On tests and assignments, assume that all trailing zeros are significant, unless you see the word “about” or “approximately” in the question. It is my intention to never give you a problem on a test or examination that has an answer with less than 3 significant figures.
Summary of Lesson #3 Precision and accuracy are important when reading instruments –Knowing the acceptable error of an instrument helps you know how much precision to record. A result of a calculation must never be more precise than the worst measurement used in the calculation. Rules of significant figures can help us decide how to correctly round off the results of a calculation. (see Rules of Significant Figures earlier in this lesson)Rules of Significant Figures When in doubt, convert your answers to scientific notation.
Assignment #3 Do the sheet “Significant Figures”
Answers a) 165 283.78b) 165 283.8 c) 165 280d) 165 300 e) 165 000f)200 000 A) 5280 feetb) 007 A C) 22.40 md) 23001 mm E) 4000 kgf)0.000745 L
a)789.30 m(5)b)7400 mL (2) c)0.04 V(1)d) 73.2469 cm (6) e)0.4320 g(4)f) 503 mm(3) a)5b) 3 c)5d) 3
A) 23 m 2 b) 200 V C) 31 cmd) 2.00 g/mL E) 15 m 2 f) 91.4 m Always Never Sometimes
Module 1: Lesson #4 Problem Solving in Chemistry Problem solving techniques (self-review) Conversion factors (self-review) Dimensional analysis (lesson)
Read pages 49-52 In your “notes” book, list the steps that are suggested for solving chemistry problems Try the five problems on p.51-52. You may check your own answers by looking at the solutions (see p.719). This is for your own practice.
Dimensional Analysis AKA: unit analysis Dimensional analysis uses the units that are part of the measurements to help analyze and solve a problem. –Adding and subtracting units –Multiplying and dividing units –Cancelling units –Simplifying units –Comparing the units of the answer to the expected units can determine if the problem is done correctly.
Rule 1: Adding and subtracting units You can only add or subtract measurements that have the same unit –Make sure that you have converted quantities to the same units. If one measurement is in litres, and the other in millilitres, you must change one of them. 2.5 L + 250 mL 2500mL + 250 mL = 2750mL or 2.5 L + 0.25 L = 2.75 L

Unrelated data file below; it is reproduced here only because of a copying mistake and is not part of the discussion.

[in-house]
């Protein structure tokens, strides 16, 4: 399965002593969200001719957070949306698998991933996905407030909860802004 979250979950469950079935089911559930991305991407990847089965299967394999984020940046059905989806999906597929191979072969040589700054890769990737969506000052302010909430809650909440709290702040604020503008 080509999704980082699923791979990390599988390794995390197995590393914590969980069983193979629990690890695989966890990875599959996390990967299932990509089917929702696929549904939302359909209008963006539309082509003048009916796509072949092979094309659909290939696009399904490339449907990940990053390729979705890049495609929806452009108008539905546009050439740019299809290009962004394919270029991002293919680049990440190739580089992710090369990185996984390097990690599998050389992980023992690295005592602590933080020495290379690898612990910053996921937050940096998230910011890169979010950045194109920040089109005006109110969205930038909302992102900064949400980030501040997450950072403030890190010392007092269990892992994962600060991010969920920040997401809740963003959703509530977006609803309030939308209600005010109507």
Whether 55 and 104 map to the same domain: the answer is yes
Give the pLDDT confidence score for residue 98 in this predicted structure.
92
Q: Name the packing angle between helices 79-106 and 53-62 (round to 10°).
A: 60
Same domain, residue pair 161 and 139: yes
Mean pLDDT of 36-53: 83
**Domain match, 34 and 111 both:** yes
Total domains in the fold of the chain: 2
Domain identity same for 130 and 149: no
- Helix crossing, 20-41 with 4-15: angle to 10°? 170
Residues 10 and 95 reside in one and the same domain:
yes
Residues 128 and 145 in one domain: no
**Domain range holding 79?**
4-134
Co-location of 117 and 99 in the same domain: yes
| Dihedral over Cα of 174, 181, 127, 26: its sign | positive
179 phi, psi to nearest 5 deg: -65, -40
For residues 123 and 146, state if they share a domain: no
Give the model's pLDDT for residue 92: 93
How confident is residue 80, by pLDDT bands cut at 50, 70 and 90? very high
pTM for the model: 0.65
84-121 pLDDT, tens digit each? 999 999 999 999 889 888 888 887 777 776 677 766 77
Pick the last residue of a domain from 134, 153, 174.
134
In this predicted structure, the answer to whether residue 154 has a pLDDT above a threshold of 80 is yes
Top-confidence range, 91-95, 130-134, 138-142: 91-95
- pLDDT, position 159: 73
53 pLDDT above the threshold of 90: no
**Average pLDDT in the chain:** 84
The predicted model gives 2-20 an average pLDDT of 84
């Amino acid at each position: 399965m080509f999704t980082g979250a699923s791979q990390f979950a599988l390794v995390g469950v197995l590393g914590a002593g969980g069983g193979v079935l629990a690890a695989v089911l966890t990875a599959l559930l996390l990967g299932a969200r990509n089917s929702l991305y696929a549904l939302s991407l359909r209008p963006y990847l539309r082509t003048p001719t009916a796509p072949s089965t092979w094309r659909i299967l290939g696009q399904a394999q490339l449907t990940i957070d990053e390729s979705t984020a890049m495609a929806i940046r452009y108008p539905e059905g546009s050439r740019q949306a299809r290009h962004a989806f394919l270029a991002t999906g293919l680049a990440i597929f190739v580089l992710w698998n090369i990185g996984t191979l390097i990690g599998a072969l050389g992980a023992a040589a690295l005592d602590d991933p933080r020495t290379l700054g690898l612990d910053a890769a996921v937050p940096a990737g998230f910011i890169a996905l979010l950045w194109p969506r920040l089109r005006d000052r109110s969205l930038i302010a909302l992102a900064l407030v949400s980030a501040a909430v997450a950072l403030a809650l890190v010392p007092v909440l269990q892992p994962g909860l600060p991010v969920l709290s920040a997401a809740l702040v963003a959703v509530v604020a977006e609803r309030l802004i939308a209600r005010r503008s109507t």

Rule 2: Multiplying and Dividing Whenever you multiply units, place a dot () between them: 10 N x 5 m = 50 Nm(newton-metres) Whenever you divide units, place a slash between them 50 g ÷ 10 mL = 5 g/mL (grams per millilitre) or 8 mol = 4 mol/L(moles per litre) 2L
Rule 3: Cancelling Units You may cancel units if the same unit occurs in a numerator as in a denominator. A unit that is immediately after a slash is in a denominator: m/sec = m sec _ = 1800 km/h
Rule 4 Look for units that can be simplified: 5 A x 20 Ω = 100 A·Ω = 100 V A few you may remember: Amperes x Ohms =VoltsA Ω = V meters x metres = square metres mm = m 2 Ohms x Volts = WattsΩV = W Compare the units to what is expected.
Problem: Chili You need 600 servings of chili 10 servings of chili needs 2 tsp. of chili powder How much chili powder will you need? This problem is easy to solve, but let’s show the problem with dimensional analysis = 120 tsp Tsp · servings servings
Don’t Copy… but be aware. Dimensional analysis is not an end in itself. You will never be tested on it directly It is a tool to help you solve problems and give the correct units of your answer In tests and exams you must give units for every answer. Not giving the correct unit for an answer may cost up to 25% of the value of the correct answer.
Module 1, Lesson #3 Models of the Atom I am the very model of a modern major element (the Elements Song by Tom Leher)